We’ve all seen them — flashing red, blue, and orange warning lights flashing past us out of nowhere, often accompanied by deafening, shrill sounds that just scream calamity. Having been on the road, you know these siren lights aren’t just for show. On the contrary, they play a vital role in traffic, and some vehicles simply cannot go out on the road without them. Those include police cars, fire trucks, ER vans, and all similar first-responder vehicles.
However, there are some vehicles you maybe didn’t know needed the same or similar kind of equipment, and you might need a special permit to operate them. That’s right — you can’t just slap some fire truck light bars on your Honda your dad bought you while you were in high school. There’s much more to it than being flashy and standing out, and most of it is straight-up legal matters. Today, we’re looking into all vehicle types that not only can but must operate with siren lights, as well as what kind of lights each of them needs.
Table of Contents
Let’s start with the most obvious — police cars. Policemen need those red and blue siren lights for more than just those car chases that you fell in love with watching action movies. There’s actually much more to it than meets the eye. For example, police lights can merely indicate that police officers are approaching, signaling for you to stay in your lane or keep your foot off the gas pedal for a bit. Also, lights can be there to signal that there’s a car being pulled over so that other drivers are aware of what’s going on on the road in front of them.
Fire truck lights are not as common a sight as police sirens, but they’re just as serious. Firefighters need to move fast — really fast — to be able to respond to any emergency, be it a fire or a car crash. That’s not always possible, especially when there’s a lot of traffic, but firefighter lights and sirens make it much more feasible as they help make room for the fire truck to maneuver around freely.
Just like firefighters, medical personnel need to be where they’re needed ASAP to save as many lives as possible. That often means cutting corners, switching lanes, and going full pedal to the metal. As you can guess, without proper warning lights and sirens, that’s not a very smart move. Sure, people can recognize an ambulance, but they need to hear it to be able to react quickly enough and make way for it to pass.
Now we can focus on non-emergency vehicles a bit. That is, we can talk about tow trucks. You are well aware of their role: they transport vehicles, often after an accident, and take them off the road to avoid further complications and reduce danger, preventing more accidents from happening. Naturally, pulling someone out of heavy traffic can be a pretty dangerous job, which is where those flashing amber lights come in handy. That is, they signal danger ahead, and they make sure other drivers make room for the tow truck to perform its duty.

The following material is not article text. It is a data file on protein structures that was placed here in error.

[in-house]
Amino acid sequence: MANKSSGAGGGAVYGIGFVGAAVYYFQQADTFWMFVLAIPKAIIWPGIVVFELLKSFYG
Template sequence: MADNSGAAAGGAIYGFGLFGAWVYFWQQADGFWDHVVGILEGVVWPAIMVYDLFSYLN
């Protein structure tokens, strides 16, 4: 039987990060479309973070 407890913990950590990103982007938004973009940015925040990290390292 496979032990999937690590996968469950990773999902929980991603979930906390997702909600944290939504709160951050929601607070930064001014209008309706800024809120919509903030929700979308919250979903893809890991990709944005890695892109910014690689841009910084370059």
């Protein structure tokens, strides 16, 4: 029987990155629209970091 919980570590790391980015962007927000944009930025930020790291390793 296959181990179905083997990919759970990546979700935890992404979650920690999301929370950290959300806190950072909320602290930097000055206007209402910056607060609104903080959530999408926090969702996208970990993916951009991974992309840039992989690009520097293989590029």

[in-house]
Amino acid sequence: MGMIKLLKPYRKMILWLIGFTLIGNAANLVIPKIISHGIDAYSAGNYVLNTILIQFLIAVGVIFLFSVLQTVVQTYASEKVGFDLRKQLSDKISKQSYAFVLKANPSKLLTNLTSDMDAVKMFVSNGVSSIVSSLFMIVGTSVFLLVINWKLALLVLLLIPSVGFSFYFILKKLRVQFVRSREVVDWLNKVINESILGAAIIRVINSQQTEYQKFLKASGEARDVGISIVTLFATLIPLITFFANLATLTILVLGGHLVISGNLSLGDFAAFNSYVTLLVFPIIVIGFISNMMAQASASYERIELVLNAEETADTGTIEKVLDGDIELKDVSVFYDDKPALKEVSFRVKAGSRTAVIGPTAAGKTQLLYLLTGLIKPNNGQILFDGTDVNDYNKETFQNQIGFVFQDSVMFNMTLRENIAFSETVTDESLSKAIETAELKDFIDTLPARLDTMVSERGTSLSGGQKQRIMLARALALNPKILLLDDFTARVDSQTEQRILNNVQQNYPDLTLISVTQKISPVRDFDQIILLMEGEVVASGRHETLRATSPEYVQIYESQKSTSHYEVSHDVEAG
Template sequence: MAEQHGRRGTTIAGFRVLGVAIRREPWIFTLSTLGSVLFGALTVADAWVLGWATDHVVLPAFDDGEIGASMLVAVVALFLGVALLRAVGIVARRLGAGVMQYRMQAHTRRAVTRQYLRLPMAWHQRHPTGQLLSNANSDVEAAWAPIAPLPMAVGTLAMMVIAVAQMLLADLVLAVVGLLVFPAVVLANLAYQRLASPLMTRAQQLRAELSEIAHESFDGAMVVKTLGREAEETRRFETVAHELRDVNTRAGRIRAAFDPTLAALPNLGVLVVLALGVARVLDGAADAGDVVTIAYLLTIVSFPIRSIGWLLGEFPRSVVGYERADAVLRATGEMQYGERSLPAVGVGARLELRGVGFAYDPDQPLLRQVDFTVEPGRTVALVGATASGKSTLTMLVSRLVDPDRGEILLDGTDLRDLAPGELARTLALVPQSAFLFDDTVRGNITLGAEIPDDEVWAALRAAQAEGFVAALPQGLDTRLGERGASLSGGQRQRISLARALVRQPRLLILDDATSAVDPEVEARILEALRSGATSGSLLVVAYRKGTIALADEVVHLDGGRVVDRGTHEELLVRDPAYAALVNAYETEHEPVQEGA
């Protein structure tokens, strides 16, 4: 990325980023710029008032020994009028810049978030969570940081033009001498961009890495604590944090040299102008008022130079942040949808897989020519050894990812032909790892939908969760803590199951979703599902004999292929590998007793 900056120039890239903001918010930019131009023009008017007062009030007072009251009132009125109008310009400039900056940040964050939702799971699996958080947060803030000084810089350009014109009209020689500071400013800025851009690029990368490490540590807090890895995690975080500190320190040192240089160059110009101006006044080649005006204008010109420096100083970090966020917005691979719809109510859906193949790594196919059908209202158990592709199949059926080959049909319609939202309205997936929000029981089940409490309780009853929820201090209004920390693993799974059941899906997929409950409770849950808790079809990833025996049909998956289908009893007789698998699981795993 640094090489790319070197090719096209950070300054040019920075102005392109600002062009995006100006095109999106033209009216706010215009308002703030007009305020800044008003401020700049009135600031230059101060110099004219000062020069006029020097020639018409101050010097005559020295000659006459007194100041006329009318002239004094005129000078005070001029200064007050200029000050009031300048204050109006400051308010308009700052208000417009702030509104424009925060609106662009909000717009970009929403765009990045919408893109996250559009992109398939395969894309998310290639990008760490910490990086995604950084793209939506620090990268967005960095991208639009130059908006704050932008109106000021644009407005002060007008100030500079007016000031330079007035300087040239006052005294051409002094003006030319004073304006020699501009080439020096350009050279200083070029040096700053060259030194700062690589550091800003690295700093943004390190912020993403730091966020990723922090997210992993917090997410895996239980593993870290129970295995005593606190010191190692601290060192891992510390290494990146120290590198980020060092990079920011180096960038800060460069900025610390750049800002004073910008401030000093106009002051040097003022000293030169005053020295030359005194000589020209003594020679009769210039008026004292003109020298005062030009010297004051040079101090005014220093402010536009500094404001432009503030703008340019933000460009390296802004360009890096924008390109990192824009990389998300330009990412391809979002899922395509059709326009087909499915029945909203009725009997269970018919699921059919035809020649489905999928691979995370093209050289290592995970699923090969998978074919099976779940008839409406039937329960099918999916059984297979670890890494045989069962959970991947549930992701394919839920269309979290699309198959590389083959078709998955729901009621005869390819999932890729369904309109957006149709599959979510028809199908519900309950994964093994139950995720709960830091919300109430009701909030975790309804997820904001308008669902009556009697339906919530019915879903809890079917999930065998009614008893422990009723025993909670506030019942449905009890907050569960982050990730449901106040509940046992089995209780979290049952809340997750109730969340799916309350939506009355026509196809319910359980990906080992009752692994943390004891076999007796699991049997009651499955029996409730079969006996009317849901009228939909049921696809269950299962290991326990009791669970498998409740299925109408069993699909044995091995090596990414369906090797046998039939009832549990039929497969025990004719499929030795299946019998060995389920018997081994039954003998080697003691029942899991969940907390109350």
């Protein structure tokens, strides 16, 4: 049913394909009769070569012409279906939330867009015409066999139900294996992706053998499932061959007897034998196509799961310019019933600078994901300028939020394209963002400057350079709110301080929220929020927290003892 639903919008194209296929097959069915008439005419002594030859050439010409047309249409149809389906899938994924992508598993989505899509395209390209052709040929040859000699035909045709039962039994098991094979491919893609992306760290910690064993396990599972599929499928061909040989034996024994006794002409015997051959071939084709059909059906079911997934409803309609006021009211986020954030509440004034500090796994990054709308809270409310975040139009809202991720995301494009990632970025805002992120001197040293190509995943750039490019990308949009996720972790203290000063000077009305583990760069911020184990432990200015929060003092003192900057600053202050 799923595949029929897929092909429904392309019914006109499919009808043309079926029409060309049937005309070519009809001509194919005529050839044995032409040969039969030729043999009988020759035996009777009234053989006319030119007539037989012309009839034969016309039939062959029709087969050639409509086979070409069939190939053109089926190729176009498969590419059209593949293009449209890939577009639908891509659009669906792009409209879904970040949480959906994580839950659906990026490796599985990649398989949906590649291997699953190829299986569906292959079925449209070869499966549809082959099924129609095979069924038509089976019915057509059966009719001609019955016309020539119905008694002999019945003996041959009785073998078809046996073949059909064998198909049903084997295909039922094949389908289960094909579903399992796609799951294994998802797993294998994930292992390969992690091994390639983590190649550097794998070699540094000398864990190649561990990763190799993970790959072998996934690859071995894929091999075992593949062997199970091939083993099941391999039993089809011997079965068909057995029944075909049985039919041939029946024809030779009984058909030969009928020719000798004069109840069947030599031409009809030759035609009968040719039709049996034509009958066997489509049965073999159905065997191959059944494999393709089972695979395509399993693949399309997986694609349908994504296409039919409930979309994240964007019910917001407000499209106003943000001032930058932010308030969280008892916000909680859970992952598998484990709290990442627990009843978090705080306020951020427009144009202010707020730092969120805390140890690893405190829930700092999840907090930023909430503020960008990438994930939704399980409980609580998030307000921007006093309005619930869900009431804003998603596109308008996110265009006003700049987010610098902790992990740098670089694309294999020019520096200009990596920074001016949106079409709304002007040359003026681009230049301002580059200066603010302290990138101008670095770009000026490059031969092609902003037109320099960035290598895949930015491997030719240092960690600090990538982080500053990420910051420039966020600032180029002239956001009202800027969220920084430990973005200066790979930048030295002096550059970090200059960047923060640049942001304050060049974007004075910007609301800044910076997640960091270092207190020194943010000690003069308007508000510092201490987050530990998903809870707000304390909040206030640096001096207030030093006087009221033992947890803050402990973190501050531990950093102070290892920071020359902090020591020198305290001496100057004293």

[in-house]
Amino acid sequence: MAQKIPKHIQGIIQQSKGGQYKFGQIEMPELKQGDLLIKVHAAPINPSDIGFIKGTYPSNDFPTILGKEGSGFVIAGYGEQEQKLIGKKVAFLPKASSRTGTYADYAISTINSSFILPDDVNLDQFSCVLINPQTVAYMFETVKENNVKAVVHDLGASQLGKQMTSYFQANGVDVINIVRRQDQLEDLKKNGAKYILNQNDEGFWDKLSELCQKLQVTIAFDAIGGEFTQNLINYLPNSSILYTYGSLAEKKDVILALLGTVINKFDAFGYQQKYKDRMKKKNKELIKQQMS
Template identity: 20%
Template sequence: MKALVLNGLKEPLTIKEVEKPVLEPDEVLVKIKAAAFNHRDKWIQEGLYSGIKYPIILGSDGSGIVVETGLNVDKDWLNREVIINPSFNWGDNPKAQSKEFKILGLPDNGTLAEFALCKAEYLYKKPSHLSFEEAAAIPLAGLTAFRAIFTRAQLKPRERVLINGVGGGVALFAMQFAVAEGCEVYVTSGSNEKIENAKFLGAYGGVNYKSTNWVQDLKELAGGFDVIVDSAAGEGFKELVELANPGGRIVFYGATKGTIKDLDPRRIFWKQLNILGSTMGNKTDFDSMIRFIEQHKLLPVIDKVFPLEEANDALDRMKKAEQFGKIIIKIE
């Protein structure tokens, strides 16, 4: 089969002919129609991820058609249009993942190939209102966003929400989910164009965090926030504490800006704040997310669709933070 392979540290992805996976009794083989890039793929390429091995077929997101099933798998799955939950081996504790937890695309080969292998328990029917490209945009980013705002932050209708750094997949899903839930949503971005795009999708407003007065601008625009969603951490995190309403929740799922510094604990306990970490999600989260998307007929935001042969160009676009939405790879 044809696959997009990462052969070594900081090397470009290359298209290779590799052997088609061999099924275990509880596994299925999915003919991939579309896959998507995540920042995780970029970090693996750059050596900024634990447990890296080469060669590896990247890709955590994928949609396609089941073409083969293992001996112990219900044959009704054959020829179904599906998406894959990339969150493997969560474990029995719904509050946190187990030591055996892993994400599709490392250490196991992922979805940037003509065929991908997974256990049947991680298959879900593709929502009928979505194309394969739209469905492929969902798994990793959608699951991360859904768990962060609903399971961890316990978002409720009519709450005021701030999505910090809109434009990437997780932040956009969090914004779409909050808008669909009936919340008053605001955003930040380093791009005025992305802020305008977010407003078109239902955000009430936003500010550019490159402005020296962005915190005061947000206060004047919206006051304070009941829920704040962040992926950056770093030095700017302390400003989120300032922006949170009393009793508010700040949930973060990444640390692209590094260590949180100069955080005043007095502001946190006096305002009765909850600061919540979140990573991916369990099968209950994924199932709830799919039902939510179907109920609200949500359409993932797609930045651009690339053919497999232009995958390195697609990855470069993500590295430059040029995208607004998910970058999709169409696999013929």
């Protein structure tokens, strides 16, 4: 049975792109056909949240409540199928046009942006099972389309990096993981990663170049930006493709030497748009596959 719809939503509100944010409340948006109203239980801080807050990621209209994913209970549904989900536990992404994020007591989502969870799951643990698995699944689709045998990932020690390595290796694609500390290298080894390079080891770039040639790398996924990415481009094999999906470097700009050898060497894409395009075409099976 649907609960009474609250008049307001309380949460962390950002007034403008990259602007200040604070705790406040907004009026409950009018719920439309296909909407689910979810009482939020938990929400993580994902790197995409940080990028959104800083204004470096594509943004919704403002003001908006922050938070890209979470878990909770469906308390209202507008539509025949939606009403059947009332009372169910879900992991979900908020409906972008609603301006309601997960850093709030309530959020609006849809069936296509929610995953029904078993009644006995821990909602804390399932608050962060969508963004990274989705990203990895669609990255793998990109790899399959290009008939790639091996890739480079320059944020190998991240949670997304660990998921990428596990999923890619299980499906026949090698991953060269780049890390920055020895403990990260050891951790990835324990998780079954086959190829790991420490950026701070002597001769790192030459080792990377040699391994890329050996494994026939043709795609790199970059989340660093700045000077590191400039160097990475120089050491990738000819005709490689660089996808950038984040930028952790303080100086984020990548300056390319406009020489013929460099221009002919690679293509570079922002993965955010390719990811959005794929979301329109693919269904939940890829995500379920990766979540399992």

Construction is not easy work, and it can be very dangerous for both everyone involved and those who happen to come across a construction site. That is why construction vehicles need warning lights, especially if there’s work being done near a road or a busy street. Just like fire emergency lights and police sirens, they signal potential danger and essentially serve as a plea for drivers to remain patient and understanding of the work being done.
Now, you’re probably aware that farm work is as demanding a job as any, but you might not be aware of the sheer scale it can sometimes reach. That is especially true if we’re talking about big farms with hundreds of specialized vehicles, like tractors, harvesting machines, and so on. When you’re operating such behemoths, it’s crucial you do all in your power to make sure road safety levels are at their highest. Depending on the type of vehicle you’re driving, warning lights can range from simple LED bars to full-blown siren lights.
Now we’ve come full circle, in a way. That is, we’re back to cops and criminals. Well, not cops, but private security companies and bodyguards for hire. When escorting important or wealthy people, these folks sometimes employ sirens and warning lights to make any potential criminals aware of their presence, thus preventing them from attempting any kind of robbery or assault. Security vehicles typically carry nothing but simple LED bars and have a more subtle kind of siren, but it all depends on the type of client they’re in charge of protecting.
Volunteering is noble work, especially when it helps save lives and keep the community in order. However, when things get more serious, for example, in case of a natural disaster or when there’s a search and rescue party being assembled, even volunteers have to respect certain rules and regulations. That is, even civilians will be mandated by law to put up warning lights of some kind on their vehicles if they’re involved in the action. The same goes for sirens and air horns, but it all depends on where you live, so you’ll have to consult your local authorities.
Vehicles With No-Permit Warning Lights
We mentioned warning light laws being a rather serious matter, and that is true. You usually need a permit for any kind of warning lights or sirens before you hit the road. However, some drivers are exempt from this rule. For example, if you lease a car from any government institution, you can probably bypass any permit limitations for the time being. Of course, there might still be some rules you have to follow, say, as to what kind of lights you’re allowed to set up, but it will all depend on your local officials and what they have to say.